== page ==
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In Siberia

3.95  ·  Rating Details  ·  1,621 Ratings  ·  107 Reviews
In the early 1980s, Colin Thubron wrote a book about his travels around the Soviet Union in an old Morris Minor. In the late 90s, post–Soviet Union, he decided to explore Siberia—this time by truck, by bus, by boat. The result is an evocative account of an extraordinary region. He travels through exotic cities and deserted villages, meets nostalgic old Stalinists and aggre ...more
Paperback, 287 pages
Published 2000 by Penguin (first published 1999)
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Apr 27, 2013 Shovelmonkey1 rated it really liked it
Recommends it for: Siberian sofa surfers
Recommended to Shovelmonkey1 by: my friend nick
In Siberia was not only a trip across the vast frozen land mass in the company of Colin Thubron, for me it was an evocative text conjuring memories of my childhood.

When I was young (in the 1980s... I know I am so old and it was so long ago) my Dad worked in Siberia. Between 1987 and 1996 he would disappear for months at a time into the unimaginable vastness of Siberia. In those days there was limited mobile phone technology and no email. GPS was a military thing, not something for civilians. So
Jan 14, 2009 Jane rated it it was amazing
the book was every bit as good as I’d hoped. To you Russophiles out there: this is a book you definitely must read. To those of you out there with any interest in Russia at all, or with an interest in traveling to remote lands, I recommend this book to you as well. Thubron’s prose is incredible, and throughout the book I found passages describing with incredible accuracy and beauty, things which I had seen during my brief foray into Siberia. His descriptions of the vast, desolate beauty of the S ...more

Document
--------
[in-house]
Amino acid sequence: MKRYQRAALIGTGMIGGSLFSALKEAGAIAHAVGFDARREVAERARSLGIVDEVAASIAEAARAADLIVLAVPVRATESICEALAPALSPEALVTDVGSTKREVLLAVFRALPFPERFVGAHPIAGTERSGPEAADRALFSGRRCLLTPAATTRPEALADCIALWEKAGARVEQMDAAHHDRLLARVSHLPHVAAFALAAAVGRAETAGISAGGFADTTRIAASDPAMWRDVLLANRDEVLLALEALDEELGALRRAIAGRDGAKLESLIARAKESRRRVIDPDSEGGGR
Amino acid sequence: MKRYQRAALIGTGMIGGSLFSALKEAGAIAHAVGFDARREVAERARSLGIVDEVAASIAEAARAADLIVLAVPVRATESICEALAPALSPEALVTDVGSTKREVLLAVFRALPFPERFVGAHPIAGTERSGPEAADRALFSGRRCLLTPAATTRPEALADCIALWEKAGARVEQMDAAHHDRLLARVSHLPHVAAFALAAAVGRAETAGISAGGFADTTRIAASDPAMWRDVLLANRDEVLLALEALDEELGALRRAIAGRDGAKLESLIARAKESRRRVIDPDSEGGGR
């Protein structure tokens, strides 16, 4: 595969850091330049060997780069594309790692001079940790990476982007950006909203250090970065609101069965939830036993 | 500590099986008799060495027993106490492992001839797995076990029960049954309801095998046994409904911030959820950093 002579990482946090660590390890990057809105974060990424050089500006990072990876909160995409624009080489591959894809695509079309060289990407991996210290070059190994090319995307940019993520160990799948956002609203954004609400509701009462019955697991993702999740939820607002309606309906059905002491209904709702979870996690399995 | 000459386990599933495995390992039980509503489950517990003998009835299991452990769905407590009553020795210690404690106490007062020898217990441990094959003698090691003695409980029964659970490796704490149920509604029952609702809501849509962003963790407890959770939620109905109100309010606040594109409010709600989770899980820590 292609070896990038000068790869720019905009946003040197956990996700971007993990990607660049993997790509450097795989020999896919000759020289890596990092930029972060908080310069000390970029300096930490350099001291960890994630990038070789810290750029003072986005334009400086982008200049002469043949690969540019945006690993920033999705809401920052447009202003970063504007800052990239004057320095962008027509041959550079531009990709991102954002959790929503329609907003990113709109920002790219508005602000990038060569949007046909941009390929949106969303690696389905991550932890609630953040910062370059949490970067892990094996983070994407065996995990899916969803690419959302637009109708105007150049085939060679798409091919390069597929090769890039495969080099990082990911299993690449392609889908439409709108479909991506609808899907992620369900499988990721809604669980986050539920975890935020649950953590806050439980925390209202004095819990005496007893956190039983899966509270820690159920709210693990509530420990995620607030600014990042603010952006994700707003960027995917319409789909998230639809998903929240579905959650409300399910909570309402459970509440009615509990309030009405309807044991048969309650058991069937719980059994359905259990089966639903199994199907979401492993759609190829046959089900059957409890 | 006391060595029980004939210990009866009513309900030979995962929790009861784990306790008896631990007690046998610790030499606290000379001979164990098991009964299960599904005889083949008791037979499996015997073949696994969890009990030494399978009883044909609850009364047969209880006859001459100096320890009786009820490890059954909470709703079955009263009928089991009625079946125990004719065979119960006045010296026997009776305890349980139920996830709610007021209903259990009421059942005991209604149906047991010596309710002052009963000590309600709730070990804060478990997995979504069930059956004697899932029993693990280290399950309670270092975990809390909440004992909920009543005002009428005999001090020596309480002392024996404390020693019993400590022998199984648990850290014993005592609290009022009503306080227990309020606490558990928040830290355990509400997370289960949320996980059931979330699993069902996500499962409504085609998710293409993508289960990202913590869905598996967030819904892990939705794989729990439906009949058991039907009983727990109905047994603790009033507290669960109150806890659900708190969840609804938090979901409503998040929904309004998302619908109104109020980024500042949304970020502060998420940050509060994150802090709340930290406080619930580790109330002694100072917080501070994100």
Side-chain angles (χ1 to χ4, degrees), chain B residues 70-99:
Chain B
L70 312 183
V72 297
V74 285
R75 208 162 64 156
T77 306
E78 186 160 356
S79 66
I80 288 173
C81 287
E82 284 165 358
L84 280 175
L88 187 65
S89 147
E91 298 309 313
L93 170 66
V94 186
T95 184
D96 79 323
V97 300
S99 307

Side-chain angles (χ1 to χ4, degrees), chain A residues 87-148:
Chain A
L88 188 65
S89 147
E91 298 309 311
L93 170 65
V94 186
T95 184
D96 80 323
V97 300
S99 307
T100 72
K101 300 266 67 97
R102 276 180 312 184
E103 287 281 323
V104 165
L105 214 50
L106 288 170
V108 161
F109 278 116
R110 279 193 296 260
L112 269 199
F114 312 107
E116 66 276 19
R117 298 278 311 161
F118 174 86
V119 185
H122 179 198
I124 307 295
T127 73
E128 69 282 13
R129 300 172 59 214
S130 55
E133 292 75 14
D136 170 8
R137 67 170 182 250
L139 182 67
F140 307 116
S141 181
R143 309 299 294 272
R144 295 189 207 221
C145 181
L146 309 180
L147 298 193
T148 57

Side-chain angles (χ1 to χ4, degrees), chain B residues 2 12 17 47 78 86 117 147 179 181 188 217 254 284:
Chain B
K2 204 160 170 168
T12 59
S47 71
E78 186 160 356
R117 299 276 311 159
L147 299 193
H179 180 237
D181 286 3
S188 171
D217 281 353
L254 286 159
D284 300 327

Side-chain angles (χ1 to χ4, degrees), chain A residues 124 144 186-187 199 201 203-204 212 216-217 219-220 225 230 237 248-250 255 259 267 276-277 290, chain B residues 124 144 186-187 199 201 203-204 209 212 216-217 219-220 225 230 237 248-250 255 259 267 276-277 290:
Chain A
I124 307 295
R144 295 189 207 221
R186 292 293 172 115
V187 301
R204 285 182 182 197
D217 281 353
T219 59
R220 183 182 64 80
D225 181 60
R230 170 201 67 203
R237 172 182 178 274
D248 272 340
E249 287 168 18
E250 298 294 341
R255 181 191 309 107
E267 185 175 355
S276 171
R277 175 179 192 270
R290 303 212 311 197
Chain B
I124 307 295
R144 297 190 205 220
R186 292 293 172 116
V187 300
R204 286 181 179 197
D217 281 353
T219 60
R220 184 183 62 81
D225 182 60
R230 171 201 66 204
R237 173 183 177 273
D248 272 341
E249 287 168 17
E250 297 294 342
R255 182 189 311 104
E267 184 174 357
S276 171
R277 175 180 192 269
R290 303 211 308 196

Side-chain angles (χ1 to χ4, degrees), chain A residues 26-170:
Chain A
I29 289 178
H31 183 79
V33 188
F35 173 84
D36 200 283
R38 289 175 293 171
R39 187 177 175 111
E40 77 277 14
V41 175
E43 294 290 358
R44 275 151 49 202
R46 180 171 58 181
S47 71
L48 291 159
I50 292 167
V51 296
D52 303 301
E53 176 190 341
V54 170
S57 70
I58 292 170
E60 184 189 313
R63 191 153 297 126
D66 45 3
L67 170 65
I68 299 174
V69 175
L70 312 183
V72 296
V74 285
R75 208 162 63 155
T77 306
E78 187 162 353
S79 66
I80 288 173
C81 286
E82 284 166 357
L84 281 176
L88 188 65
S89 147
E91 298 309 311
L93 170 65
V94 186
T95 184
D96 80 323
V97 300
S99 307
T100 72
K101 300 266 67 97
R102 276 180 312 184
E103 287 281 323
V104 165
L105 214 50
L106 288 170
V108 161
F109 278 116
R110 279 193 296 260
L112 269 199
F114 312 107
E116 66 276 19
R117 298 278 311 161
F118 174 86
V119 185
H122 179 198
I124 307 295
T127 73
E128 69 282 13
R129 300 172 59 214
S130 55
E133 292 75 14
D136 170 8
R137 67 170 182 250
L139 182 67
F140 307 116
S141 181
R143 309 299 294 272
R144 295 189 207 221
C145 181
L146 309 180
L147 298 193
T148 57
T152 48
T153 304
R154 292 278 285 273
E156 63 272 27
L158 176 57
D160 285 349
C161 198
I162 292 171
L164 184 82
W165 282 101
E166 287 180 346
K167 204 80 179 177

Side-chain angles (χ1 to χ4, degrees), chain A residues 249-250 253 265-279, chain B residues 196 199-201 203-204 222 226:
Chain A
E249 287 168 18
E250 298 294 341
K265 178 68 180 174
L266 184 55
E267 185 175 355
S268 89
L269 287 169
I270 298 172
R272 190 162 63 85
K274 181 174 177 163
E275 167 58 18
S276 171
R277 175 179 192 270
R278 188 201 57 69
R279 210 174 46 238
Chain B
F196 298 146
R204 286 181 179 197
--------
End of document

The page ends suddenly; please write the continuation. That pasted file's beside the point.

May 10, 2010 David rated it it was ok
Shelves: big-white-square
Colin writes well, but he’s a bit of a cold fish. He doesn’t ever seem to do anything fun (only once does he take a young woman out for dinner). And so Siberia seems really boring. Perhaps it is? Colin gets involved in religions, goes to underfunded museums and archeological sites, and visits prison camps and mines where thousands died. That’s Colin on his holidays. But it’s not like there isn’t fun stuff happening around him … he passes several Opera Houses. Couldn’t he have caught a show? Some ...more
[3.5] Sometimes ageing seems most stark through objects. I was already an adult when I got this copy new; now the pages are so tanned that it looks like it was printed when I was too young to read anything more complex than Topsy & Tim - the instinctive perception having been formed around the same time I acquired the book. (Likewise books that, in my mind's eye, were nearly new actually look scruffy from moves and storage.) This serves to remind, though, that it's about a Siberia which will ...more